Hacking that targets individuals and business is now a way of life. This has created a vast and growing market for cyber insurance, costing companies at least $3.25 billion each year in annual premiums. But that’s a drop in the bucket compared to what they will pay to insurers by 2025 – as much as $20 billion, according to Allianz SE, the world’s largest insurer. There is also a market for individuals who fear that they, or their families, could be hacked.
Security awareness training: Don’t exclude contract workers
Federal, state, and local governments rely heavily on contract workers, perhaps even more so than private industry. Unfortunately, the “in-and-out” nature of contract jobs can result in a feeling of impermanence that permeates throughout certain processes and policies, especially as contract workers generally don’t realize the same benefits as full-time employees. Read the full article […]Read Post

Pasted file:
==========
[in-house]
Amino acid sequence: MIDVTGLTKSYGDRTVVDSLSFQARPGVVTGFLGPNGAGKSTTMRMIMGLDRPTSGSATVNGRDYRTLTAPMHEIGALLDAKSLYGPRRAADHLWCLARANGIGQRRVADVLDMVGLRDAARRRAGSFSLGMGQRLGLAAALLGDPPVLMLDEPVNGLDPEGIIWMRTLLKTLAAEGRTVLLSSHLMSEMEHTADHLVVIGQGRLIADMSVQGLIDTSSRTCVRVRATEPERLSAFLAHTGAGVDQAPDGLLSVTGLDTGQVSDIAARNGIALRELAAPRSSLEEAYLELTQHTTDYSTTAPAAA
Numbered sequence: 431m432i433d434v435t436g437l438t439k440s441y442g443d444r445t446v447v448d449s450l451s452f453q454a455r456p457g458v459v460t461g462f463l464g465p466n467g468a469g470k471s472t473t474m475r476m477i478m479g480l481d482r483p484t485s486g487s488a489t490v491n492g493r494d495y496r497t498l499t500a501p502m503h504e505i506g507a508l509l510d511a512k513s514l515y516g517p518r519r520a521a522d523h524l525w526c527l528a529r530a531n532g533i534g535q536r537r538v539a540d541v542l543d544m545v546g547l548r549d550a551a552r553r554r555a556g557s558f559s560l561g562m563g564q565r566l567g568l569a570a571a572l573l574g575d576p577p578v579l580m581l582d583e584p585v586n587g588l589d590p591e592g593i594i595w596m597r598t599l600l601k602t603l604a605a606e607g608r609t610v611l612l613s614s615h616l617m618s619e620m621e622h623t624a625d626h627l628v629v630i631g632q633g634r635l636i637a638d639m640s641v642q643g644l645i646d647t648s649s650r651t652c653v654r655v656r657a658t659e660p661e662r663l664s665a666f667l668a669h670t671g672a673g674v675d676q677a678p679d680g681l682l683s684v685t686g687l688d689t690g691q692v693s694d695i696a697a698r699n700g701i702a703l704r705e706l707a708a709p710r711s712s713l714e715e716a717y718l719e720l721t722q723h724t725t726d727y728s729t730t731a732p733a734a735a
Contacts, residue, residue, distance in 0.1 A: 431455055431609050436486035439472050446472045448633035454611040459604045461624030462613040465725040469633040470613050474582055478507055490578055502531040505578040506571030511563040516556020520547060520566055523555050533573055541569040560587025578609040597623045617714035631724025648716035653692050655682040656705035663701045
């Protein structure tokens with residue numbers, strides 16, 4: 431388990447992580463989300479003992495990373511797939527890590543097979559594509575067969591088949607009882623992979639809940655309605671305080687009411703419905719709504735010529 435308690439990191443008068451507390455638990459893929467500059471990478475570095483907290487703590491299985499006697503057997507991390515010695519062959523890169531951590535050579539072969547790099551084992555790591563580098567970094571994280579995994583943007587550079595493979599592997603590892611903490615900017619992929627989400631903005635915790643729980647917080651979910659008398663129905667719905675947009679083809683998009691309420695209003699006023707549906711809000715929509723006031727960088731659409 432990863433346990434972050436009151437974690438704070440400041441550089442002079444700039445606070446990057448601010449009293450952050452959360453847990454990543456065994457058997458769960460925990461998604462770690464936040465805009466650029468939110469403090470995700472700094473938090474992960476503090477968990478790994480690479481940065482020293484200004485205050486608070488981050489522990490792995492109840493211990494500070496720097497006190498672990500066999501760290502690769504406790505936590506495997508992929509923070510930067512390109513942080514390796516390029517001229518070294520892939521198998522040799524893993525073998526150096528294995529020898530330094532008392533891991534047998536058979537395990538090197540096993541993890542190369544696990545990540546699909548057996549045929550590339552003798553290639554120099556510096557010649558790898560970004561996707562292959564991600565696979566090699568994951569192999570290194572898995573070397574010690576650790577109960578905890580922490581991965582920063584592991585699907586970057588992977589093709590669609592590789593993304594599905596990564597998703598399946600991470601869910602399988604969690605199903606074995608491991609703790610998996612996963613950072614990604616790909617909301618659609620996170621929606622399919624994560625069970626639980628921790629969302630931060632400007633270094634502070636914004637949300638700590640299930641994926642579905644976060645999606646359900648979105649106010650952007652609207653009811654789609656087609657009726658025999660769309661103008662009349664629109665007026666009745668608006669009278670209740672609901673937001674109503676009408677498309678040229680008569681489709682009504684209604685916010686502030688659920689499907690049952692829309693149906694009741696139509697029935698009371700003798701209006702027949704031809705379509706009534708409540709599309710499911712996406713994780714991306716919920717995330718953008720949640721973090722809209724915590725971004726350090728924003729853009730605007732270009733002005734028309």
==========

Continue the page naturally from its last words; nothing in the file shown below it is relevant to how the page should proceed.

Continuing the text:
FEMA Exposed 2.3 Million Disaster Victims’ Private Data
Another reminder of why cyber policies are needed. Call us to check on yours today. The U.S. Federal Emergency Management Agency inadvertently shared 2.3 million disaster survivors’ personal details with a third-party contractor. Read Govinfo Security’s article by Jeremy Kirk here.Read Post
How Some Contractors Successfully Weathered the Shutdown
The 35-day government shutdown cost thousands of small- and mid-size businesses nationwide that supply services or technology to the federal government $2.3 billion in revenue and forced tens of thousands of layoffs. Read Nextgov’s article by Frank Konkel here.Read Post